Nashville Bomber Left Hints of Trouble, But Motive Elusive

nashville bomber
Anthony Quinn Warner, in an undated image posted on social media by the FBI. (AP)

In the days before he detonated a bomb in downtown Nashville on Friday, Anthony Quinn Warner changed his life in ways that suggest he never intended to survive the blast that killed him and wounded three other people.

Warner, 63, gave away his car, telling the recipient that he had cancer. A month before the bombing, he signed a document that transferred his longtime home in a Nashville suburb to a California woman for nothing in return. The computer consultant told an employer that he was retiring.

But he didn’t leave behind a clear digital footprint or any other obvious clues to explain why he set off the explosion in his parked recreational vehicle or played a message warning people to flee before it damaged dozens of buildings and knocked out cellphone service in the area.

A neighbor, Rick Laude, told The Associated Press on Monday that less than a week before the attack, Warner had said to him, “Nashville and the world is never going to forget me.”

Laude said he didn’t think much of the remark, and was speechless when he learned that authorities had identified Warner as the bomber.

“Nothing about this guy raised any red flags,” Laude said.

As investigators continued to search for a motive, body camera video released late Monday by Nashville police offered more insight into the moments leading up to the explosion and its aftermath.

The recording from Officer Michael Sipos’ camera captures officers walking past the RV parked across the street as the recorded warning blares, and then helping people evacuate after the thunderous blast off-camera. Car alarms and sirens wail as a police dispatch voice calls for all available personnel and people stumble through downtown streets littered with glass.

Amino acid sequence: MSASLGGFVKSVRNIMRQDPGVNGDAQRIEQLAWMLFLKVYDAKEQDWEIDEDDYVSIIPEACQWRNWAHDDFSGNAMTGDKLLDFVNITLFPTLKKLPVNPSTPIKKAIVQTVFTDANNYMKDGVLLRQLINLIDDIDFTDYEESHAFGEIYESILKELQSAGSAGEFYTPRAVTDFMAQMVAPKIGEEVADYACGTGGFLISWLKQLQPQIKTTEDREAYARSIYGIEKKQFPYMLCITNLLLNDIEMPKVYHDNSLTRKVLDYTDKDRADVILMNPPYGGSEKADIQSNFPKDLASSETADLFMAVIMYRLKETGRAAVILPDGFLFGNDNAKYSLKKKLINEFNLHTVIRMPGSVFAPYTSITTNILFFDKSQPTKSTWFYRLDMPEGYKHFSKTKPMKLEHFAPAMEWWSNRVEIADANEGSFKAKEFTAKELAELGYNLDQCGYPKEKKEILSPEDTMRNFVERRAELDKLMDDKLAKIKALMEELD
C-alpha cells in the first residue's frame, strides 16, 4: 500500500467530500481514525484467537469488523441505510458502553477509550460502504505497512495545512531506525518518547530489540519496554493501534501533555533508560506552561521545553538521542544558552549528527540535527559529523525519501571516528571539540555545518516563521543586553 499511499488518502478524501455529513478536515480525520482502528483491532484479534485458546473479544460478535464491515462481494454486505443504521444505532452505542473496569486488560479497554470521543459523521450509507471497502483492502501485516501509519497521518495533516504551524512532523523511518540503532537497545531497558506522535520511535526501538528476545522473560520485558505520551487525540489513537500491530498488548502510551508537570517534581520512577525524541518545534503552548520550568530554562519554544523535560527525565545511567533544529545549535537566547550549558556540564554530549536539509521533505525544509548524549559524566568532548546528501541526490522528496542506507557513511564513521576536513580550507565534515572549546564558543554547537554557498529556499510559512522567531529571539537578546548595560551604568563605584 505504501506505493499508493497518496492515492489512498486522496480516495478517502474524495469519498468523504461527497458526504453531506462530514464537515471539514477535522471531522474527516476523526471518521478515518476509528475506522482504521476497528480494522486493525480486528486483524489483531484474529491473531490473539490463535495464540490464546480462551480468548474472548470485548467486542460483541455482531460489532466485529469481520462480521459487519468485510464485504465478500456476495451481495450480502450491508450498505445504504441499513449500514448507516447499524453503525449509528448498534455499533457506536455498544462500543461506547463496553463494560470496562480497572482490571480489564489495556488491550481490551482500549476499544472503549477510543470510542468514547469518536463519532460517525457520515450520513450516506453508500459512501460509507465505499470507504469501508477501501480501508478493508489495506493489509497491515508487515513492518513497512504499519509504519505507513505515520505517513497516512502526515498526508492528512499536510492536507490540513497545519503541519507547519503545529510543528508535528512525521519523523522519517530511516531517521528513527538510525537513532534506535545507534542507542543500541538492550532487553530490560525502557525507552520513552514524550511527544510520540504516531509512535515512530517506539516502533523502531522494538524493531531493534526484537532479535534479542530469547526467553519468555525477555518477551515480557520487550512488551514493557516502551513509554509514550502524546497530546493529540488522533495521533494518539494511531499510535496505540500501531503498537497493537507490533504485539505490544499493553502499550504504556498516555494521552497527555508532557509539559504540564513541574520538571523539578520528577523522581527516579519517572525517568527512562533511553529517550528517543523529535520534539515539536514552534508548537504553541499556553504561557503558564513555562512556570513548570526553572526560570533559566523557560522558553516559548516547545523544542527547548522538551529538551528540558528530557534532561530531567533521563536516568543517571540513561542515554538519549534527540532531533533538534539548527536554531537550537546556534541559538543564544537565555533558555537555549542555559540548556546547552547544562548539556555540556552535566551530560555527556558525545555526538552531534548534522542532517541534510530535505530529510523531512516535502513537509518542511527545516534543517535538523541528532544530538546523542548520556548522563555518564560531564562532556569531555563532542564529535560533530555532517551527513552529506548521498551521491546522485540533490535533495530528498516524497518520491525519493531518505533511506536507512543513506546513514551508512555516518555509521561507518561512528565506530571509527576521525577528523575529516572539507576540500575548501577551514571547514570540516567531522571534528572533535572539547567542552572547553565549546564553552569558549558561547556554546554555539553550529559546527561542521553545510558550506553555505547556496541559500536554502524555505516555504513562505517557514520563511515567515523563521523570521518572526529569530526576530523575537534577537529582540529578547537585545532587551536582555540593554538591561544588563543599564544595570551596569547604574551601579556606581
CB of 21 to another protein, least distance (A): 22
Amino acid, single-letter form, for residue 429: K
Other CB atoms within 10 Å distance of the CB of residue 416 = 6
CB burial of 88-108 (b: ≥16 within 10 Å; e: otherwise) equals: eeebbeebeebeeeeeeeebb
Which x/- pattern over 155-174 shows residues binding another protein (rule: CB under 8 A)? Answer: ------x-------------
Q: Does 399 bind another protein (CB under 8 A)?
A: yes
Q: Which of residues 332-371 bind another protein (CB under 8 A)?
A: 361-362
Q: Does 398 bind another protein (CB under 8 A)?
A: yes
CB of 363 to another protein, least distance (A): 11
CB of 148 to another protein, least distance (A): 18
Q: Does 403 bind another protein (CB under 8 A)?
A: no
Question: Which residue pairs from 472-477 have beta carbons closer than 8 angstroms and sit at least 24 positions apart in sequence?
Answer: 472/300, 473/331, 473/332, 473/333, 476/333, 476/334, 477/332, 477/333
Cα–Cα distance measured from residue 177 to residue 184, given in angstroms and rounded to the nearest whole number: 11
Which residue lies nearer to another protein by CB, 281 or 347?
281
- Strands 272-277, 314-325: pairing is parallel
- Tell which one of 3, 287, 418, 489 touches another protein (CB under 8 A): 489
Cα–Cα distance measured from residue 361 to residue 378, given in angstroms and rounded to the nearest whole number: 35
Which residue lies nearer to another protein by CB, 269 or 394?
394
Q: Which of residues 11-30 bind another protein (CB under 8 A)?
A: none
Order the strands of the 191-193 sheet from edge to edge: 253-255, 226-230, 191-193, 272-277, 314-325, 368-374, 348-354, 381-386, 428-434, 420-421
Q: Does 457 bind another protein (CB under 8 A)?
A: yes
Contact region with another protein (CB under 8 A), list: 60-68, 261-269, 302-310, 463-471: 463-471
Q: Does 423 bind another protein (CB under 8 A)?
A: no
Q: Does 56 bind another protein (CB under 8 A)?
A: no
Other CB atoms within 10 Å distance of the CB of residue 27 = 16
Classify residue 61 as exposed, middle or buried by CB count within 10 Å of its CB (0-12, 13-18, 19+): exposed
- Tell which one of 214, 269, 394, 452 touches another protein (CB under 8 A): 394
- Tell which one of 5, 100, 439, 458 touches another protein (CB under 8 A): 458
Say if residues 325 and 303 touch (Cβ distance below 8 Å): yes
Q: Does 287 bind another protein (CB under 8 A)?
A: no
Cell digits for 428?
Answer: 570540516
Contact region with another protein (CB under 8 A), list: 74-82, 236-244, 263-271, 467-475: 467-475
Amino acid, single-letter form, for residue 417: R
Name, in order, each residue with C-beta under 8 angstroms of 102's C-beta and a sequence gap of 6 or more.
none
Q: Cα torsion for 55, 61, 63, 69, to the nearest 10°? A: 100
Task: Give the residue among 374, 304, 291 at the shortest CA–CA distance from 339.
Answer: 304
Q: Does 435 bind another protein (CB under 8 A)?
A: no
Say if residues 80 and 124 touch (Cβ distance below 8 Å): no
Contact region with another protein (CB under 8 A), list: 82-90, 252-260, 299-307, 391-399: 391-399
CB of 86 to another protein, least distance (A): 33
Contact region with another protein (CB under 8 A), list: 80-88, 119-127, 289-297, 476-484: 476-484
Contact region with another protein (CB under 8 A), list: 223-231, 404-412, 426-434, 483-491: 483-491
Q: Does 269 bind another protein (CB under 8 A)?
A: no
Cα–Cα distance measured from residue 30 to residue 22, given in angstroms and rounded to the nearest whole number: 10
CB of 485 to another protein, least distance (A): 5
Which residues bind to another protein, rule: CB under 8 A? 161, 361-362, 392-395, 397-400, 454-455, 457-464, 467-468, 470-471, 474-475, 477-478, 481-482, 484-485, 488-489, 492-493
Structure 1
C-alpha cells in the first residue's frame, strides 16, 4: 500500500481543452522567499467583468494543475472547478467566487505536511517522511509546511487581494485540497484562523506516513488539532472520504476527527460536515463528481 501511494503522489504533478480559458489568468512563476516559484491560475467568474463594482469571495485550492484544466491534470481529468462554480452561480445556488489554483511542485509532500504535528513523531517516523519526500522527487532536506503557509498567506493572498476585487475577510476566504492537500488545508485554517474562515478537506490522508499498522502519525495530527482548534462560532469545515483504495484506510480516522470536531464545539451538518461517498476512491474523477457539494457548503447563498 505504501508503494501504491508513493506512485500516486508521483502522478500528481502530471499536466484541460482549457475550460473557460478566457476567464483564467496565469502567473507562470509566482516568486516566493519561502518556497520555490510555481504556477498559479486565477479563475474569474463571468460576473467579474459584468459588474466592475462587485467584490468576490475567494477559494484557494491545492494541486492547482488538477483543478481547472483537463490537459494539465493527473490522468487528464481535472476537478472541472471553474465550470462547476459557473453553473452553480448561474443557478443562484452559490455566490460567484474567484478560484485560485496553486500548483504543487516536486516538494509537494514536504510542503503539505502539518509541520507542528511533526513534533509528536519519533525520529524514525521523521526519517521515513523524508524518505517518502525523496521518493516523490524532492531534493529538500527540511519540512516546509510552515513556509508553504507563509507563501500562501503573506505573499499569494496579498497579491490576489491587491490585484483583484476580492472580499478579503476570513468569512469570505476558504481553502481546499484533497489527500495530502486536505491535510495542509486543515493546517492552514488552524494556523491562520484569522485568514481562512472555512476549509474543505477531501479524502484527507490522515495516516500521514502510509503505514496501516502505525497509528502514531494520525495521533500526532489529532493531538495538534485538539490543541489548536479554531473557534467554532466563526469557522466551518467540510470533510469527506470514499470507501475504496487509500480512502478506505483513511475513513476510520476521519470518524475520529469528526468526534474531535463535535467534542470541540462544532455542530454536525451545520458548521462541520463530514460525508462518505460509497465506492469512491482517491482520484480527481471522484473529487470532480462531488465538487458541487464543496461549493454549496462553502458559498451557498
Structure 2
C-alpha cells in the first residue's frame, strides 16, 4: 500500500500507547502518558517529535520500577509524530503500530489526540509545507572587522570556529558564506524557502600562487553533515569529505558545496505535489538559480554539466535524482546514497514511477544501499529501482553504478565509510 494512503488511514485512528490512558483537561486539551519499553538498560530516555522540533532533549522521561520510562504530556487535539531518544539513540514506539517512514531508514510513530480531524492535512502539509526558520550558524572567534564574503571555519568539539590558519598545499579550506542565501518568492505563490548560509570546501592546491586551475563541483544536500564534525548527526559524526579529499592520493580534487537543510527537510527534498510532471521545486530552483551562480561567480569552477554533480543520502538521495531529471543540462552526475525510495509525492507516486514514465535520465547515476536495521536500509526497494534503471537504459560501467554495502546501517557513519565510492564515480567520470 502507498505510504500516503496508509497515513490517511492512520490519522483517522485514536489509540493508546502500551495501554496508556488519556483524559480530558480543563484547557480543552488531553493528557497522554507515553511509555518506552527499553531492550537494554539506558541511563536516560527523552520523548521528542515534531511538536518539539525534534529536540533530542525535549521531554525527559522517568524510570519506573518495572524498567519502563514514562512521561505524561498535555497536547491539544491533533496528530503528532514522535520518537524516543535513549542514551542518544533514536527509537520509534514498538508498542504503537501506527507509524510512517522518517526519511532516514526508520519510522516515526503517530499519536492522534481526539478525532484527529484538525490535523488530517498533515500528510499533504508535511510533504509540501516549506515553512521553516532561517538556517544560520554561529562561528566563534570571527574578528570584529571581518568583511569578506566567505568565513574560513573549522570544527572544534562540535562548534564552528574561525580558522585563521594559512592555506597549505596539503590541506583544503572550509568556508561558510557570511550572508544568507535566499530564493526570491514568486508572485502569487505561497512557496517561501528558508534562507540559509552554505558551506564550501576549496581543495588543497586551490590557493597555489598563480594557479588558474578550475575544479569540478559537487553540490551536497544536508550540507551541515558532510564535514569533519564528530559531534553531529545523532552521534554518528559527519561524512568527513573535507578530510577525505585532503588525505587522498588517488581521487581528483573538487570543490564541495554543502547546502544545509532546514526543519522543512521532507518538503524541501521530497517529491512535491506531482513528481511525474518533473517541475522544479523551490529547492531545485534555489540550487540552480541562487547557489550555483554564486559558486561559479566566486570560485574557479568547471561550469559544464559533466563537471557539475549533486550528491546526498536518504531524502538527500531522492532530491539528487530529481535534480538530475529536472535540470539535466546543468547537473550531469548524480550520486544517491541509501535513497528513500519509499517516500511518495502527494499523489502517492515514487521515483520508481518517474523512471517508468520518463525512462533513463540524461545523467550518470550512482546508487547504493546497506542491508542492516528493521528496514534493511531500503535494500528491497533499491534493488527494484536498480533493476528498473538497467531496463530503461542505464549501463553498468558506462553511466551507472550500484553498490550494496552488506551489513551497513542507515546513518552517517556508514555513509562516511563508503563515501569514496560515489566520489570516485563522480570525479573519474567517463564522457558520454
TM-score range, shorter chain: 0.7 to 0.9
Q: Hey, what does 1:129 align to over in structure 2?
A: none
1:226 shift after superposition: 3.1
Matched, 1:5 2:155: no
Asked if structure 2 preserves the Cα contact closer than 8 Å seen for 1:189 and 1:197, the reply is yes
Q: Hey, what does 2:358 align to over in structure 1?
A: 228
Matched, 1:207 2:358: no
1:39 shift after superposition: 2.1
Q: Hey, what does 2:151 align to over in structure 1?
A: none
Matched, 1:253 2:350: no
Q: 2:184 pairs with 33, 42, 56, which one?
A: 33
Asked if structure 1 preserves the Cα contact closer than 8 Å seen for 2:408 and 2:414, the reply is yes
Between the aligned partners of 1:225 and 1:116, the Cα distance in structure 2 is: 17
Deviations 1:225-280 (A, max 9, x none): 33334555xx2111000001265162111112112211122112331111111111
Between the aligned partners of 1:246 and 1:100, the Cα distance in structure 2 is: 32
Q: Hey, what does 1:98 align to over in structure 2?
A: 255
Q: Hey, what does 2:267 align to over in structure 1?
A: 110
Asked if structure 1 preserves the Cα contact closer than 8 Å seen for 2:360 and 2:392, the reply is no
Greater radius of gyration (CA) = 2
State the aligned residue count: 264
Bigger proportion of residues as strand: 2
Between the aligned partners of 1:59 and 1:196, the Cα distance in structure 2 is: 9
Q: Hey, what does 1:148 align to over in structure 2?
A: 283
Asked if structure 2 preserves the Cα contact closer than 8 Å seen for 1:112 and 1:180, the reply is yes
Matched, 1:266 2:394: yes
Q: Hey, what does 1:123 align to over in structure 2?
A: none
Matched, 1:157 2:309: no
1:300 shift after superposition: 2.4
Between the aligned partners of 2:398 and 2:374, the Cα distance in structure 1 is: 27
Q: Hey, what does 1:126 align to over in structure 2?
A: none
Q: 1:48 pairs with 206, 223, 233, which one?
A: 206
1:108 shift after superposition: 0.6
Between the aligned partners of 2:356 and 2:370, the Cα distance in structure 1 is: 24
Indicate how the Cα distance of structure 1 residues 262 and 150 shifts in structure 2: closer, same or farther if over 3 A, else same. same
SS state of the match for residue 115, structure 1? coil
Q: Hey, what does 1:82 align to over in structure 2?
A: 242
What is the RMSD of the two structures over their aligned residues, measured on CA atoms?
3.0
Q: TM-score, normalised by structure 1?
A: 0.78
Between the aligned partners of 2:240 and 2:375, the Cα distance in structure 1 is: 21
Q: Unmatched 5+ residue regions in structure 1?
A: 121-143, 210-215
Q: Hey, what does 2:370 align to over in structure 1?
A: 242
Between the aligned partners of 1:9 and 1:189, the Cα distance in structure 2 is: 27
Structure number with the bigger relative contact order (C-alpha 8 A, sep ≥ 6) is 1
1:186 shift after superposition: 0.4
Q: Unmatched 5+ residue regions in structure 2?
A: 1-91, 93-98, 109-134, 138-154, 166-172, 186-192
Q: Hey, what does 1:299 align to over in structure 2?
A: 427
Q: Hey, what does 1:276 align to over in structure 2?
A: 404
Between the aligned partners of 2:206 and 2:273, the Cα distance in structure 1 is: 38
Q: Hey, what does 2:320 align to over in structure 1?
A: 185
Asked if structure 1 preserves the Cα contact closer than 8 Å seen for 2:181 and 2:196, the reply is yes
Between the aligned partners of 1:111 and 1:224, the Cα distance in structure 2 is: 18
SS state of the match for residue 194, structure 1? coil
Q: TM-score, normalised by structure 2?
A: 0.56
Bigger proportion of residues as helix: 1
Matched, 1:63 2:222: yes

Local and federal law-enforcement agents were told more than a year ago that Warner was making explosives in his RV, but they said they were unable to investigate further after he did not respond to knocks on his door, according to police documents.

Nashville police visited Warner’s home on Aug. 21, 2019, after his friend told officers that he “was building bombs in the RV trailer at his residence,” according to an incident report and synopsis from the Metropolitan Nashville Police Department. The visit was first reported by The Tennessean.

Warner’s attorney also told police at the time that Warner “frequently talks about the military and bombmaking” and was “capable of making a bomb,” the report says. The responding officers notified their superiors and the FBI, according to the synopsis, but a background check on Warner did not show suspicious information.

An FBI spokesman said the agency had found “no records at all” after it received a request from the Metropolitan Nashville Police Department on Aug. 22, 2019, to investigate Warner. The FBI also processed a Department of Defense inquiry, “which was also negative,” the spokesman said.

Tennessee Bureau of Investigation Director David Rausch told reporters this week that Warner “was not on our radar” before the bombing.

According to the report of the Aug. 21, 2019 incident, after Warner’s friend told them he was building bombs in the RV, the attorney also said Warner “knows what he is doing and is capable of making a bomb.”